At the 2013 annual conference of the National Genealogical Society, Karen Mauer Green presented a session titled “Cutting Through the Confusion: Research in Upstate New York.” Green is an editor, author, lecturer, and professional genealogist. She co-edits the NYGB Record. She has served on the boards of APG and FGS.
“This is a huge subject, upstate new york,” she said. “We can’t cover it all in one hour.”
“I want to give you some guidelines and tips and also warn you about some pitfalls,” she said.
The definition of “upstate” differs by person and situation. For purpose of the lecture, Green defined upstate New York as everything but the five boroughs of New York City. She focused on the time span 1780-1850.
One confusion experienced by researchers in New York state is town versus township. In New York, the concepts are equivalent. In my recent research, I found records giving the living place of an individual alternately as Dugway and Albion. Both are true because Dugway is a place (hamlet?) within the Town of Albion in Oswego County.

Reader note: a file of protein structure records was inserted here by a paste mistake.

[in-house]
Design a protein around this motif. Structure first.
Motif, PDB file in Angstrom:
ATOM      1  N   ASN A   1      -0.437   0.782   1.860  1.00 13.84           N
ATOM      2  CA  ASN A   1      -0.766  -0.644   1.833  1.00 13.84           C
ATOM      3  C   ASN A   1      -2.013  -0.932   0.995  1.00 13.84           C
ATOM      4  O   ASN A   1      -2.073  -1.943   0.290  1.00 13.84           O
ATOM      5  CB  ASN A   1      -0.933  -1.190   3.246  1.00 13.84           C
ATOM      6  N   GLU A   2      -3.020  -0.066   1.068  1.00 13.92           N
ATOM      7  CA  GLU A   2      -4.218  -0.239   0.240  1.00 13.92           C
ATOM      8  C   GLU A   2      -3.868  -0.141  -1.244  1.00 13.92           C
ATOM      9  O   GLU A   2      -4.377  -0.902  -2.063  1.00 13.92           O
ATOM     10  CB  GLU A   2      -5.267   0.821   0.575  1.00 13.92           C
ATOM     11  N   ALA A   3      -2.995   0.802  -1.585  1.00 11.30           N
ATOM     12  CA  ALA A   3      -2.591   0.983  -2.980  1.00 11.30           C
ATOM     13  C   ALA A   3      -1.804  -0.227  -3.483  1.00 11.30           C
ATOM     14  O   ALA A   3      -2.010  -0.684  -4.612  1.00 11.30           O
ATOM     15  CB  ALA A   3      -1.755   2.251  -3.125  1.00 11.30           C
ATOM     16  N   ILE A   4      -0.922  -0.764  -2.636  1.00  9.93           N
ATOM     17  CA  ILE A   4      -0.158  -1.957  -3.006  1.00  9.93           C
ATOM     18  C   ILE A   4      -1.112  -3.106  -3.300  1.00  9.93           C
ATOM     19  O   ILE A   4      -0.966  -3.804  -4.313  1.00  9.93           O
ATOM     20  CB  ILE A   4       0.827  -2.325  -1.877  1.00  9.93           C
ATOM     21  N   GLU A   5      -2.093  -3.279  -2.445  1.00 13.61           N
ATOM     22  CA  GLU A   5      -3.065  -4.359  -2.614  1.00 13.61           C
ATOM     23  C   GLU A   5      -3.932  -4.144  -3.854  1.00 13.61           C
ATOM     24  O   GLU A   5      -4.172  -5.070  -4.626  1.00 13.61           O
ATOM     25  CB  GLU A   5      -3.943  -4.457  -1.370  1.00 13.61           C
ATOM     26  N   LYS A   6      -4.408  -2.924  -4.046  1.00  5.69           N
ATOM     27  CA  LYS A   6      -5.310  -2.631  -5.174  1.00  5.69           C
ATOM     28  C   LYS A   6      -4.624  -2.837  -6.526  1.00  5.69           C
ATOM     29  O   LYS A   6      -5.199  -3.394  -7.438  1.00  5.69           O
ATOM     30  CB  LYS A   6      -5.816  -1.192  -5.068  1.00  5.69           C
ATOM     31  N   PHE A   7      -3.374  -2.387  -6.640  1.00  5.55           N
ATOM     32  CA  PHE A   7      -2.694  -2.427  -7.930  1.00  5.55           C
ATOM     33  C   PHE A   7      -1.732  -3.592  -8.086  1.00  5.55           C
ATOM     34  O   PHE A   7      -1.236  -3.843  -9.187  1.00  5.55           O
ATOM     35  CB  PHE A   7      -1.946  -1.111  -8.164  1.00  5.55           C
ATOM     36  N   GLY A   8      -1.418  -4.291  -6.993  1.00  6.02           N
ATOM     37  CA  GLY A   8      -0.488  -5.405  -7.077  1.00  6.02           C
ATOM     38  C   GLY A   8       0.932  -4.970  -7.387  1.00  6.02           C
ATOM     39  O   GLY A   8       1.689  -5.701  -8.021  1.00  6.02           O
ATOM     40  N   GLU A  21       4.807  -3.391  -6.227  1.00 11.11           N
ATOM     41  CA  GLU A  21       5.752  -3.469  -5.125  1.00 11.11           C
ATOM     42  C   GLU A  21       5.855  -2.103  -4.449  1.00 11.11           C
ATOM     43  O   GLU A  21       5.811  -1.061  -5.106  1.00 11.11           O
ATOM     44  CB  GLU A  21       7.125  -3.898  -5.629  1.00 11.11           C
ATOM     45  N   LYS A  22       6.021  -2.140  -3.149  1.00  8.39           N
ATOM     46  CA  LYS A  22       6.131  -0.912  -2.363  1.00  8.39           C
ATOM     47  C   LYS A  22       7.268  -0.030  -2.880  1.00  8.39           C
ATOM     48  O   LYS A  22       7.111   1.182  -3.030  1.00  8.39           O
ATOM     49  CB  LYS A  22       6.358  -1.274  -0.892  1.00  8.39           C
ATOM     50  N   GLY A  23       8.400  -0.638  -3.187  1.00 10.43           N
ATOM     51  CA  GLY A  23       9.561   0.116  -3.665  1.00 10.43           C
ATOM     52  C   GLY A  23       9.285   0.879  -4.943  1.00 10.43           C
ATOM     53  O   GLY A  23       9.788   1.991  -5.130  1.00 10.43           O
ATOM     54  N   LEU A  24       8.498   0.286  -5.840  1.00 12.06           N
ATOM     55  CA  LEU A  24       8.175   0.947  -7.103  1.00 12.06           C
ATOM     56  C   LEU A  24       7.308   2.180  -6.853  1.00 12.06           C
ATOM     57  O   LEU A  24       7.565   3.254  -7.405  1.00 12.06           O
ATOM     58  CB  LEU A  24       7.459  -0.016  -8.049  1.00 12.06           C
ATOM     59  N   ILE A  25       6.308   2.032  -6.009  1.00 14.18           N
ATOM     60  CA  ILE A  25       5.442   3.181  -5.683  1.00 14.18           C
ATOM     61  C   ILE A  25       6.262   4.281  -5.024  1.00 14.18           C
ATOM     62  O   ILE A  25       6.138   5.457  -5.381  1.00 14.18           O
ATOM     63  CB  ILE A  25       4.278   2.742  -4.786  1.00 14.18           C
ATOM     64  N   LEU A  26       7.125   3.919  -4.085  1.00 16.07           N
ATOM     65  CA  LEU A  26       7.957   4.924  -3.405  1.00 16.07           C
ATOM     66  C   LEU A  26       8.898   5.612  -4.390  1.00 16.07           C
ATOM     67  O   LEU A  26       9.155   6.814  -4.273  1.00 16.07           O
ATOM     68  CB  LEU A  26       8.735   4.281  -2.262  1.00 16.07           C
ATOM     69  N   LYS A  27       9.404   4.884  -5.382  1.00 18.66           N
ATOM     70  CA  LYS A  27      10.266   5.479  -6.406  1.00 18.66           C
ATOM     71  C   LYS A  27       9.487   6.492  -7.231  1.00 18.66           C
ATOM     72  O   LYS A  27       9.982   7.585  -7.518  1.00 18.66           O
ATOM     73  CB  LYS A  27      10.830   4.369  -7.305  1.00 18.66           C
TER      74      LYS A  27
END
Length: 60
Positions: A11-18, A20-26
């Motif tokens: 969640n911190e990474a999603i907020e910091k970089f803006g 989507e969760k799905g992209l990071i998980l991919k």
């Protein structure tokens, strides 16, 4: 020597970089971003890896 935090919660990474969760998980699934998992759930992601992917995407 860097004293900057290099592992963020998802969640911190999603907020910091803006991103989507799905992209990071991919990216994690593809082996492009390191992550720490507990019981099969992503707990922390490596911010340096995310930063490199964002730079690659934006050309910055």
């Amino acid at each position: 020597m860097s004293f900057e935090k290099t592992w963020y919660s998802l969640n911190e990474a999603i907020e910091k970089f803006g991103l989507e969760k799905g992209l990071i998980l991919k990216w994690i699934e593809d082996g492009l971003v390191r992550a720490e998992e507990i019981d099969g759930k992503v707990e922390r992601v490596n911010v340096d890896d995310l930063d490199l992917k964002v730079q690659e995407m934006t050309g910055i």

“You’re used to having records in certain places and that is not always the case. It leads to blinders.” There is no real consistency among counties. Counties differ in “what information is recorded, what the record is called, how and where the record is preserved, and how the record is accessed.”
“This has all been very negative, but I have more bad news,” Green said. In the focus time period there are no New England style town vital records, A state law to keep them was passed in 1881, but consistent records were not kept until 1908. Further, there were no county marriage records.
Substitutes for vital records are worth looking for. Some are newspapers, justice of the peace records, minister’s records, and church records.
Green discussed other records useful for doing research in the time period, which I won’t mention.
“I know I have been discouraging to you, but the good news is that people do break through [brick walls],” she said. Back up. Start over. Apply cluster methodology (Elizabeth Shown Mills’s FAN club—Friends, Associates, and Neighbors).
“You will almost always find a gate,” she said